Lect6_TimePropagation

# Lect6_TimePropagation - Lecture 6 Time Propagation Ordinary...

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Lecture 6: Time Propagation Outline: Ordinary functions of operators Powers Functions of diagonal operators Solving Schrödinger's equation Time-independent Hamiltonian The Unitary time-evolution operator Unitary operators and probability in QM Iterative solution Eigenvector expansion Ordinary Functions of Operators Let us define an `ordinary function’, f(x) , as a function that can be expressed as a power series in x , with scalar coefficients: When given an operator, A , as an argument, we define the result to be: Examples: THM: A functions of an operator is defined by its power series n n n x f x f ! = ) ( n n n A f A f ! = : ) ( ! " = = + + + + = + # + # = 0 3 2 7 5 3 ! .... ! 3 ! 2 ... ! 7 ! 5 ! 3 ) sin( n n A n A A A A I e A A A A A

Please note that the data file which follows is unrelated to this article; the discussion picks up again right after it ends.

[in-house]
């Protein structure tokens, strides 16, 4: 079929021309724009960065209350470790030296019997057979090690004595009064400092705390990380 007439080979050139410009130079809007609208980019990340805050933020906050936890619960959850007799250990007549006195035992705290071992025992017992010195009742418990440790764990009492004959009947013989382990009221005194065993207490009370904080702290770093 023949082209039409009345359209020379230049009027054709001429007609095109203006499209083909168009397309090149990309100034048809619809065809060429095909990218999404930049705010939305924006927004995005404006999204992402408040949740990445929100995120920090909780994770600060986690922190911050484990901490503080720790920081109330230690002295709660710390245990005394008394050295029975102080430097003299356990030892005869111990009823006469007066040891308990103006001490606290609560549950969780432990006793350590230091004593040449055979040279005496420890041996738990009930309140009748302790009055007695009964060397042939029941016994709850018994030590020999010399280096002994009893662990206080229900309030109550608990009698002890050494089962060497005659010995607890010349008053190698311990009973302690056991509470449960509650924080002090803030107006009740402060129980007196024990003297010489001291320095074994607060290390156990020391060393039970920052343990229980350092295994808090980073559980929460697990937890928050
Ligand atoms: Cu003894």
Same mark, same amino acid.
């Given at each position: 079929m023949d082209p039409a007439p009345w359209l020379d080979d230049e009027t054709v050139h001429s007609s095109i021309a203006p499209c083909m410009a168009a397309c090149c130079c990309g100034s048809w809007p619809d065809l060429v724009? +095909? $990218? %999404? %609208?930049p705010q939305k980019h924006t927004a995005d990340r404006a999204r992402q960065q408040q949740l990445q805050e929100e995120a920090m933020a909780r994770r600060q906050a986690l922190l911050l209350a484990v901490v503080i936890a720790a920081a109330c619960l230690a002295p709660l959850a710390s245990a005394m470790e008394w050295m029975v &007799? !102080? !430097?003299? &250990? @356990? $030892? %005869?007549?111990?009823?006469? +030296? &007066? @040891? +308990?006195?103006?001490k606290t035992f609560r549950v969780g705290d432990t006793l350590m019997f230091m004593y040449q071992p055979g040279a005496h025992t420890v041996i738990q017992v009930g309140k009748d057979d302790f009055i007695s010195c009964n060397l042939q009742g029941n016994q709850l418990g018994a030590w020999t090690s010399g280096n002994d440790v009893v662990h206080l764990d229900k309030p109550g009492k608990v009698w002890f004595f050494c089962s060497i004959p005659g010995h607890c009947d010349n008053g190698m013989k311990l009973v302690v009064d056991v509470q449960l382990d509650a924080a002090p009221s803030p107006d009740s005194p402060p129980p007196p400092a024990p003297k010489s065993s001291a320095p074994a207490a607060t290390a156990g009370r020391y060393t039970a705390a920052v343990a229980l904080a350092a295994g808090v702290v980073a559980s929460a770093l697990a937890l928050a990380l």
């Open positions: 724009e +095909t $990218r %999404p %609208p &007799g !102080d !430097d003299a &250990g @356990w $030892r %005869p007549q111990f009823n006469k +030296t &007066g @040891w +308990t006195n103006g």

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Powers of Operators An operator raised to the zero th power: Positive integer powers: Operator inversion: The operator A -1 is defined via: Negative powers: Fractional powers: ... : : : 3 2 1 etc AAA A AA A A A = = = I A = : 0 ( ) A A I A A = = ! ! ! : : 1 1 1 n n A A ) ( : 1 ! ! = ... : 2 / 1 2 / 1 etc A A A =
Functions of Diagonal Operators Diagonal operators have the form: They can be expressed in Dirac notation as: Every operator is diagonal in the basis of its own eigenvectors They have the property: let C and D be diagonal matrices

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Lect6_TimePropagation - Lecture 6 Time Propagation Ordinary...

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